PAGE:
On November 19 and 20 the New York Times website published a two-part interview (here and here) with Josef Koudelka, a renowned Czech photographer, in Lens, a section of the site dedicated to photography, video, and “visual journalism.” The occasion was the publication of a new book of Koudelka’s photos called “Wall: Israeli and Palestinian Landscapes,” a collection of black-and-white images of the Israeli “separation wall” in the West Bank and East Jerusalem taken between 2008 and 2012.
The interview immediately elicited a sharp rejoinder (“The Moral And Intellectual Cowardice Of Josef Koudelka”) from Asim Rafiqui, a U.S.-based photographer and blogger who began his scathing post by identifying himself as “an admirer of Koudelka’s work for years.” Nazareth-based journalist Jonathan Cook, a friend of Rafiqui, followed up with a post called “A photographer who obscures the victims”, which echoes and quotes at length from Rafiqui’s criticism.
Their main point: in the interview Koudelka resolutely refuses to discuss the politics of the wall or its effects on the Palestinian people. Instead, he focuses exclusively on the environmental — and, implicitly, aesthetic — damage it has done: he told interviewer James Estrin, a Times photographer and co-editor of the Lens section, “I am principally against destruction — and what’s going on is a crime against the landscape that is enormous in one of the most important landscapes in the world.”
Here’s how Rafiqui responded:
In one of the greatest acts of dissociation I can recall, Koudelka walks into the bantustans of the West Bank – a region teeming with a few million imprisoned and brutalised human beings, and is moved by the destruction of the landscape! That is, he choses one of the greatest physical structures of political, cultural, historical and social segregation and negation concocted in modern history and reproduces it in his images as an apolitical statement about the environment.
It turns out that the book itself isn’t quite so offensive in this respect as the interview, in that the prose accompanying the pictures — a timeline at the beginning, brief captions under the images, and a “lexicon” at the end — includes a lot of the facts readers should know: that 85 percent of the wall lies within the West Bank, not on the Green Line; that it was for this reason declared illegal by the International Court of Justice in 2004; that the wall effectively cuts off thousands of Palestinians from their neighbors, their lands, schools, medical services, etc.; that it is part of a larger system of checkpoints and roadblocks that restrictts the movement of Palestinians throughout the West Bank; and so on. But all of this is in a very low key and in pretty small type, and I have to wonder how many “readers” of the book will actually read it; most will probably just look at the pictures, and Koudelka managed to take scores of them without showing a single Palestinian — or Israeli — person, unless you count one picture that includes the visages of Marwan Barghouti and other leaders painted on the wall.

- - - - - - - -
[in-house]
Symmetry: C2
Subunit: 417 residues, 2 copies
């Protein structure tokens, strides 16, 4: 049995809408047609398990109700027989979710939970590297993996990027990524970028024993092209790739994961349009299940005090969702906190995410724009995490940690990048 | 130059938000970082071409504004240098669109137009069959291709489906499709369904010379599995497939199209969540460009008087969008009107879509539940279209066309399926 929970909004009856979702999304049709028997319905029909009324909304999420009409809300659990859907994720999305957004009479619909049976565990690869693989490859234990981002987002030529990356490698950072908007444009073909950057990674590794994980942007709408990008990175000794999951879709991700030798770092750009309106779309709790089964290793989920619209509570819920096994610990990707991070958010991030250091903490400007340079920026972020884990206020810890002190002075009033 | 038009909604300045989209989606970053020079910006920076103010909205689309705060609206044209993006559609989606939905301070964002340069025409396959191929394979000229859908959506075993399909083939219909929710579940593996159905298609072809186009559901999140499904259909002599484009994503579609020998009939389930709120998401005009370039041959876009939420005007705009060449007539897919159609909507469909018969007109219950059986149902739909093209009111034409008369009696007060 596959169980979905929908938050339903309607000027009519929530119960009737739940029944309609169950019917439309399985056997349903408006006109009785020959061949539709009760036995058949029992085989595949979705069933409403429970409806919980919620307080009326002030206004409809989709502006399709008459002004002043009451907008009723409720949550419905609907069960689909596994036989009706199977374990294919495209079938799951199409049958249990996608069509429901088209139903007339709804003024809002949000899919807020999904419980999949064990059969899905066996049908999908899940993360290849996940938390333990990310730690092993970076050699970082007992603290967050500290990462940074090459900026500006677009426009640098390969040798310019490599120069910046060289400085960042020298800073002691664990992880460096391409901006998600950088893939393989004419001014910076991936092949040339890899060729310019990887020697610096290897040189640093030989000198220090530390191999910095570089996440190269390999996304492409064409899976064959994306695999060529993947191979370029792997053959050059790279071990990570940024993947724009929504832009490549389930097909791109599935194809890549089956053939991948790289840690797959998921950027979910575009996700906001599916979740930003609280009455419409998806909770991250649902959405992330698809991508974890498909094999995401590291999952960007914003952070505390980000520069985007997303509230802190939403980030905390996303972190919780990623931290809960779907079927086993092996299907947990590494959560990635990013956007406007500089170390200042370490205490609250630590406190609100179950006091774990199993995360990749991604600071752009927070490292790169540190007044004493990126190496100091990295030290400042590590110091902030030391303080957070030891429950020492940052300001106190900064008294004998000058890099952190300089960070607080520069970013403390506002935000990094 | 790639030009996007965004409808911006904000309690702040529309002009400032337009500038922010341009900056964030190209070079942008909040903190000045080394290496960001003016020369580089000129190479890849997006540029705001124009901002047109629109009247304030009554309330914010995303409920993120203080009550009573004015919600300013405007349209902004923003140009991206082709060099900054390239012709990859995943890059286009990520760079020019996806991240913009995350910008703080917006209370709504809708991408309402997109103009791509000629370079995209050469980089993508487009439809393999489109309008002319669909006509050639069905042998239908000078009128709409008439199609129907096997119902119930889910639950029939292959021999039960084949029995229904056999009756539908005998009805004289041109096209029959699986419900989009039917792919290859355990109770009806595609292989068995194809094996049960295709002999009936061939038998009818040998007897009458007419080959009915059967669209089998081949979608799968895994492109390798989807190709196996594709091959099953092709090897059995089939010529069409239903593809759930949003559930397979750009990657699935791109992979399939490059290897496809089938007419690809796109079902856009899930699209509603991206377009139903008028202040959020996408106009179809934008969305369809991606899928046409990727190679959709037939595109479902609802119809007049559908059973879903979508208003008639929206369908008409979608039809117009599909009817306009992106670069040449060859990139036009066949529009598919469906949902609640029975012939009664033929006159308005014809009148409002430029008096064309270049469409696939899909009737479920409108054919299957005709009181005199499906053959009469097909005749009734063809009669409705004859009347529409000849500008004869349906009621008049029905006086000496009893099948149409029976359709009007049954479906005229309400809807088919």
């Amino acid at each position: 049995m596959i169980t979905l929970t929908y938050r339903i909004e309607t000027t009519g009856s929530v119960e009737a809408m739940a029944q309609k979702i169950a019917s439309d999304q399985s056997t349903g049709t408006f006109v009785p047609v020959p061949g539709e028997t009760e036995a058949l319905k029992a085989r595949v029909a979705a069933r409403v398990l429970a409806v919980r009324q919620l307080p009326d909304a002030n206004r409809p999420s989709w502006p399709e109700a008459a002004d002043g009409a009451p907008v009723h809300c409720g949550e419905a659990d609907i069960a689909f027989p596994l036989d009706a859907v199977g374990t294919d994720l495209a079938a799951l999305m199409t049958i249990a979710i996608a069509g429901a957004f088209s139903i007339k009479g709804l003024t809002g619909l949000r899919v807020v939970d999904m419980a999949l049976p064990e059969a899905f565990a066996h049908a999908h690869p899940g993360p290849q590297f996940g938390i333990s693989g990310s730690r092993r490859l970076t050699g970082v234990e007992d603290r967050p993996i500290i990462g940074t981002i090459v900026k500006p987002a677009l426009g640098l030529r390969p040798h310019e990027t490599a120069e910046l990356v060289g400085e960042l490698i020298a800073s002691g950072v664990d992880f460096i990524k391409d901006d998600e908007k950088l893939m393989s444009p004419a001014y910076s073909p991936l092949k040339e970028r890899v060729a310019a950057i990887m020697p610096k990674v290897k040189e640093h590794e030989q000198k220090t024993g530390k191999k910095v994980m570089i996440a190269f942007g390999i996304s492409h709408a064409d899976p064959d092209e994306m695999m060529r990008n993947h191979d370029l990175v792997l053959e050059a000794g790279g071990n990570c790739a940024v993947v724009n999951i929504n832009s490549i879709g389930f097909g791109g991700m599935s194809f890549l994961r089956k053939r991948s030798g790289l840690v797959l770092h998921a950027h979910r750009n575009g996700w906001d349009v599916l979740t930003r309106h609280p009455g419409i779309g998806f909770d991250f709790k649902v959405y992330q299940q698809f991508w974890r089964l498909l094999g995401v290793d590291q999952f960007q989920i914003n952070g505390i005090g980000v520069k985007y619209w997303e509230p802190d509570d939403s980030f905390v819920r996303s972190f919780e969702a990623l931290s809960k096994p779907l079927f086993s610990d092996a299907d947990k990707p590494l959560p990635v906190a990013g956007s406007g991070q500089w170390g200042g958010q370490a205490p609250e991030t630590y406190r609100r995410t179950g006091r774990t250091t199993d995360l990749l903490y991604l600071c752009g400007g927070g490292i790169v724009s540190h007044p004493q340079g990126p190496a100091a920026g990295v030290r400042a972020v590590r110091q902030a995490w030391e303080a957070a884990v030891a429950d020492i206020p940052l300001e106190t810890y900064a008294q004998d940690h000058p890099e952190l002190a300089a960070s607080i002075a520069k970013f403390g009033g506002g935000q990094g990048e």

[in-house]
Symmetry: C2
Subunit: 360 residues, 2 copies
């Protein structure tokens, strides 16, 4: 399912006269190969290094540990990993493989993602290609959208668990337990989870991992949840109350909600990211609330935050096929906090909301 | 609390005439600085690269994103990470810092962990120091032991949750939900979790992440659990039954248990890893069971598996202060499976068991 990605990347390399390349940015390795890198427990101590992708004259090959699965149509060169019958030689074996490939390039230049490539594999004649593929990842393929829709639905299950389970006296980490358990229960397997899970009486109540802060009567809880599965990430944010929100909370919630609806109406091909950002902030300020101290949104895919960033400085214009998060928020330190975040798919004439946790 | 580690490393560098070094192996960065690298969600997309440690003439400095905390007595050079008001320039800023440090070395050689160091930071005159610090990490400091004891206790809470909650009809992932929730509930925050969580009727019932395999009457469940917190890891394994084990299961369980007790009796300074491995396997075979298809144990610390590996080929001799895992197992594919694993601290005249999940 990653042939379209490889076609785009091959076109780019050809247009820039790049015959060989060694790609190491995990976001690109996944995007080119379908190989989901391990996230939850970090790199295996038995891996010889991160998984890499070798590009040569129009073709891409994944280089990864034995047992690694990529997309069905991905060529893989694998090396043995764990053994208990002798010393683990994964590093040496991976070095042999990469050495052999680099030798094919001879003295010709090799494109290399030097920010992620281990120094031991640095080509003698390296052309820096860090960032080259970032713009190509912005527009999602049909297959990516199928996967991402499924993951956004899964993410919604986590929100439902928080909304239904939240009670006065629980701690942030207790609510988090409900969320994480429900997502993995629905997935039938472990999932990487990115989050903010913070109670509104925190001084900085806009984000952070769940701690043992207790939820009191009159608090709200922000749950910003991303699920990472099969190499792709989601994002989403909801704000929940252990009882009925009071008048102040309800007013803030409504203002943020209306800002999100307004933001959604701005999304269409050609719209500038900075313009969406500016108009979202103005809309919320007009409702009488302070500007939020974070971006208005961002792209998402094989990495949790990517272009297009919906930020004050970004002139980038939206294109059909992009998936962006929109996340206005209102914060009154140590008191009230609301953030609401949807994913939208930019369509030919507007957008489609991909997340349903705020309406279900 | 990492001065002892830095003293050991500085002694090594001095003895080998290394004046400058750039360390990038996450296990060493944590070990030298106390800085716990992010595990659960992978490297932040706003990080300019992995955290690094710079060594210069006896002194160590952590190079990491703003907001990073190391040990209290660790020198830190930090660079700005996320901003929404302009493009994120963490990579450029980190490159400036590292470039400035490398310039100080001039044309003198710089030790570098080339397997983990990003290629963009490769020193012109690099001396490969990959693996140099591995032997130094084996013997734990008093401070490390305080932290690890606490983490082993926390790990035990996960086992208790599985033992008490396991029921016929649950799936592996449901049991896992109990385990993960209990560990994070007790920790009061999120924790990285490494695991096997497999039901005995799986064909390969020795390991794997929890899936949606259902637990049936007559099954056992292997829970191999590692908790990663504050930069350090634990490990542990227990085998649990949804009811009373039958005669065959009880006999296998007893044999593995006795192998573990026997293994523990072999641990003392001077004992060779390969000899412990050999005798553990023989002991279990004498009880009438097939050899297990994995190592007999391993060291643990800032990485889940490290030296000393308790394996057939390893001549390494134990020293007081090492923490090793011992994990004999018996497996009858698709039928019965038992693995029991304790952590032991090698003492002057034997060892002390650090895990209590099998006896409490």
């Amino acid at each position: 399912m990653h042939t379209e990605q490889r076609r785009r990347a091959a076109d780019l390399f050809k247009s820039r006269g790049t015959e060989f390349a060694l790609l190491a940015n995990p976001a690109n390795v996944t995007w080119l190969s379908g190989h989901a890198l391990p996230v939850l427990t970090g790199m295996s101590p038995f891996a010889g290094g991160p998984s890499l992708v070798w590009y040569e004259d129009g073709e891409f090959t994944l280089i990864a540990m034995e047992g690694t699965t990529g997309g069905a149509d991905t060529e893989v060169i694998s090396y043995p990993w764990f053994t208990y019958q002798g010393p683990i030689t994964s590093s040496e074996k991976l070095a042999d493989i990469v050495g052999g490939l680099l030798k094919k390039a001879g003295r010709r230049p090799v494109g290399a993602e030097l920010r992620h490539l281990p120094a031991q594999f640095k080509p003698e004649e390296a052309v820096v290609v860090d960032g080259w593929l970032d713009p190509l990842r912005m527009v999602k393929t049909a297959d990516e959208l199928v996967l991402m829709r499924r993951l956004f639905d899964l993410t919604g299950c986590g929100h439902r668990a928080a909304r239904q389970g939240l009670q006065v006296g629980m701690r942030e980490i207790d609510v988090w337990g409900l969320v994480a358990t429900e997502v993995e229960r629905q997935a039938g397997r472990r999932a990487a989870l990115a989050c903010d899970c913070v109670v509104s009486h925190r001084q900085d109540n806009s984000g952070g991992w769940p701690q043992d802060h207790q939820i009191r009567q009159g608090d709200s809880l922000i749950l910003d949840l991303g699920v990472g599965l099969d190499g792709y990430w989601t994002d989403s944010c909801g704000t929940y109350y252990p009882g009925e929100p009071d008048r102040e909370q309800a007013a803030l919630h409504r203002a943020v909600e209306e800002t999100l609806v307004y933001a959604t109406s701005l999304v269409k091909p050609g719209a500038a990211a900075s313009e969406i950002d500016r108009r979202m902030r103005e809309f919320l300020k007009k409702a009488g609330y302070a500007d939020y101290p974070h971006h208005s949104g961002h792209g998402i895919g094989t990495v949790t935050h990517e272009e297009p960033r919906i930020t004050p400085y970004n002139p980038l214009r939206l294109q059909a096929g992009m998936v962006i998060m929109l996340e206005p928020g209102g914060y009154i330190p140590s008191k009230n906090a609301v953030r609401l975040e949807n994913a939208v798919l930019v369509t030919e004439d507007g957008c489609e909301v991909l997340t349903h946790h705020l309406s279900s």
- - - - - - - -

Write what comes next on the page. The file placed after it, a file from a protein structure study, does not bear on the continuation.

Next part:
Without question, the issues raised by Rafiqui are the most serious and troubling about the interview and the book. I myself, though, got hung up on a small — though not unimportant, I’d argue — detail in Estrin’s introductions to the two interview installments: his third sentence described the subject of the book as “the Israeli-built wall that separates the Palestinian West Bank and Israel.” In fact, of course, it is amply documented — including in Koudelka’s small print — that description fits only small parts of the wall; 85 percent of it, being within the West Bank, ipso facto separates parts of the West Bank from other parts thereof.
As soon as I read the first installment, even before plowing through the actual interview, I submitted the following comment to the Times:
The wall in question does NOT separate Israel and the Palestinian West Bank. According to the United Nations Office for the Coordination of Humanitarian Affairs, “Some 85% of the Barrier’s route runs inside the West Bank, rather than along the Green Line” (http://www.ochaopt.org/documents/ocha_opt_barrier_factsheet_july_2013_english.pdf). The Israeli organization B’Tselem says the same (http://www.btselem.org/separation_barrier).
That’s it — strictly factual, not even political (except implicitly), and by no stretch of the imagination abusive or otherwise in violation of the Times’ guidelines on comments. But when I looked back later that evening, the comment had not been posted, even though several others submitted after mine had. At that point I looked up the address for requests for corrections — oddly, it’s firstname.lastname@example.org — and the required format, then sent a similar message there, adding only “To the best of my knowledge, the Israeli government does not dispute these statistics; I don’t see how they could, since it is obvious to anyone who visits the West Bank or just looks closely at a map of the wall that most of it is inside the West Bank.”